Clinical Impact of Palliative Treatment Using Octreotide for Inoperable Malignant Bowel Obstruction Caused by Advanced Urological Cancer

  • Kubota, Hiroki (Department of Urology, Kainan Hospital) ;
  • Taguchi, Kazumi (Department of Nephro-urology, Nagoya City University Graduate School of Medical Science) ;
  • Kobayashi, Daichi (Department of Nephro-urology, Nagoya City University Graduate School of Medical Science) ;
  • Naruyama, Hiromichi (Department of Urology, Kainan Hospital) ;
  • Hirose, Masahito (Department of Urology, Kainan Hospital) ;
  • Fukuta, Katsuhiro (Department of Urology, Kainan Hospital) ;
  • Kubota, Yasue (Department of Nephro-urology, Nagoya City University Graduate School of Medical Science) ;
  • Yasui, Takahiro (Department of Nephro-urology, Nagoya City University Graduate School of Medical Science) ;
  • Yamada, Yasuyuki (Department of Urology, Kainan Hospital) ;
  • Kohri, Kenjiro (Department of Nephro-urology, Nagoya City University Graduate School of Medical Science)
  • Published : 2013.12.31


Malignant bowel obstruction (MBO), an occasional complication in patients with advanced urological cancer, causes gastrointestinal symptoms such as nausea and vomiting leading to suffering which severely impairs quality of life (QOL). Drug therapy, especially octreotide, a synthetic analog of somatostatin, is reportedly effective in controlling the symptoms of MBO. In the present study, we administered octreotide to urological cancer patients with MBO and evaluated the improvement of subjective symptoms, oral intake, and nasogastric intubation. Fourteen terminally ill urological cancer patients suffering with MBO were included (age range 55-92, 10 male, 4 female). Octreotide was administered at $300{\mu}g/day$ to those patients subcutaneously as a continuous injection. Significant improvements in subjective symptoms were observed in thirteen patients (92.8%), and ten patients (71.4%) were able to resume oral intake. Four patients required nasogastric drainage before the administration of octreotide, but nasogastric intubation was discontinued in all these cases after the use of octreotide. Early initiation of octreotide resulted in better improvement of MBO symptoms, and no adverse event was observed in any of the patients. These results revealed that $300{\mu}g/day$ dose of octreotide is safe and effective for managing gastrointestinal symptoms of terminally ill urological cancer patients with MBO. We also recommend starting the treatment with ocreotide as soon as MBO is diagnosed.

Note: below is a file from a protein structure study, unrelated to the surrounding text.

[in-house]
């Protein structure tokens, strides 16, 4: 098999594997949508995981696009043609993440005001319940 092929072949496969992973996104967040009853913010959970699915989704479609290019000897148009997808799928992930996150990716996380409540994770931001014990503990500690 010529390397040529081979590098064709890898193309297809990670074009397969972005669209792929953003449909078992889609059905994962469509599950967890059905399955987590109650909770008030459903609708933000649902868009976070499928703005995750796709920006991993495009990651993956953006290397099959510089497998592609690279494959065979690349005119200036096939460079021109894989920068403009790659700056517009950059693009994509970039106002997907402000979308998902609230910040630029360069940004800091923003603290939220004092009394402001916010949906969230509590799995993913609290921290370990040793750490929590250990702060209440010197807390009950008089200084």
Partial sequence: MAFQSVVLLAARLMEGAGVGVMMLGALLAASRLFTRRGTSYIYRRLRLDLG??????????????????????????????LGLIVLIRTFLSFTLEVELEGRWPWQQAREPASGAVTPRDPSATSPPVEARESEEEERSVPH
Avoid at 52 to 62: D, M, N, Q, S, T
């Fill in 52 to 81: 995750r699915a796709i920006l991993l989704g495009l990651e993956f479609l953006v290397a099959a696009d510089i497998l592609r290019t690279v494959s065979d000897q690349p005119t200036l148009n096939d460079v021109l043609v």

1. Bozzetti F, Cozzaglio L, Biganzoli E, et al (2002). Quality of life and length of survival in advanced cancer patients on home parenteral nutrition. Clin Nutr, 21, 281-8.
  2. Davis MP, Nouneh C (2000). Modern management of cancerrelated intestinal obstruction. Curr Opin Oncol, 2, 343-50.
  3. Hisanaga T, Shinjo T, Morita T, et al (2010). Multicenter prospective study on efficacy and safety of octreotide for inoperable malignant bowel obstruction. Jpn J Clin Oncol, 40, 739-45.
  4. Khoo D, Hall E, Motson R, et al (1994). Palliation of malignant intestinal obstruction using octreotide. Eur J Cancer, 30, 28-30.
  5. Mercadante S, Ripamonti C, Casuccio A (2000). Comparison of octreotide and hyoscine butylbromide in controlling gastrointestinal symptoms due to malignant bowel obstruction. Support Care Cancer, 8, 188-91.
  6. Mercadante S, Ferrera P, Villari P, Marrazzo A (2004). Aggressive pharmacological treatment for reversing malignant bowel obstruction. J Pain Symptom Manage, 28, 412-16.
  7. Mercadante S, Casuccio A, Mangione S (2007). Medical treatment for inoperable malignant bowel obstruction: a qualitative systematic review. J Pain Symptom Manage, 33, 217-23.
  8. Mercadante S, Porzio G (2012). Octreotide for malignant bowel obstruction: Twenty years after. Clin Rev Oncol/Hematol, 83, 388-92.
  9. Mystakidou K, Tsilika E, Kalaidopoulou O, et al (2000). Comparison of octreotide administration vs conservative treatment in the management of inoperable bowel obstruction in patients with far advanced cancer: a randomized, doubleblind, controlled clinical trial. Anticancer Res, 22, 1187-92.
  10. O'Connor B, Creedon B (2011). Pharmacological treatment of bowel obstruction in cancer patients. Expert Opin Pharmacother, 12, 2205-14.
  11. Philip J, Depczynski B (1997). The role of total parenteral nutrition for patients with irreversible bowel obstruction secondary to gynecological malignancy. J Pain Symptom Manage, 13, 104-11.
  12. Ripamonti C, Mercadante S, Groff L, et al (2000). Role of octreotide, scopolamine butylbromide, and hydration in symptom control of patients with inoperable bowel obstruction and nasogastric tubes: a prospective randomized trial. J Pain Symptom Manage, 19, 23-34.
  13. Ripamonti C, Mercadante S (2005). Pathophysiology and management of malignant bowel obstruction. In: Doyle D, Hanks GW, McDonald N, Cherny N eds. Oxford textbook of palliative medicine, 3rd edition. Oxford University Press, New York. 496-506.
  14. Tuca A, Guell E, Martinez-Losada E, et al (2012). Malignant bowel obstruction in advanced cancer patients: epidemiology, management, and factors influencing spontaneous resolution. Cancer Management Res, 4, 159-69.
  15. WHO Handbook for Reporting Results of Cancer Treatment (1979). WHO, Geneva, 1979.

Cited by

  1. Phase II Study on EANI Combined with Hydrochloride Palonosetron for Prevention of Chemotherapy-induced Nausea and Vomiting Following Highly Emetogenic Chemotherapy vol.15, pp.9, 2014,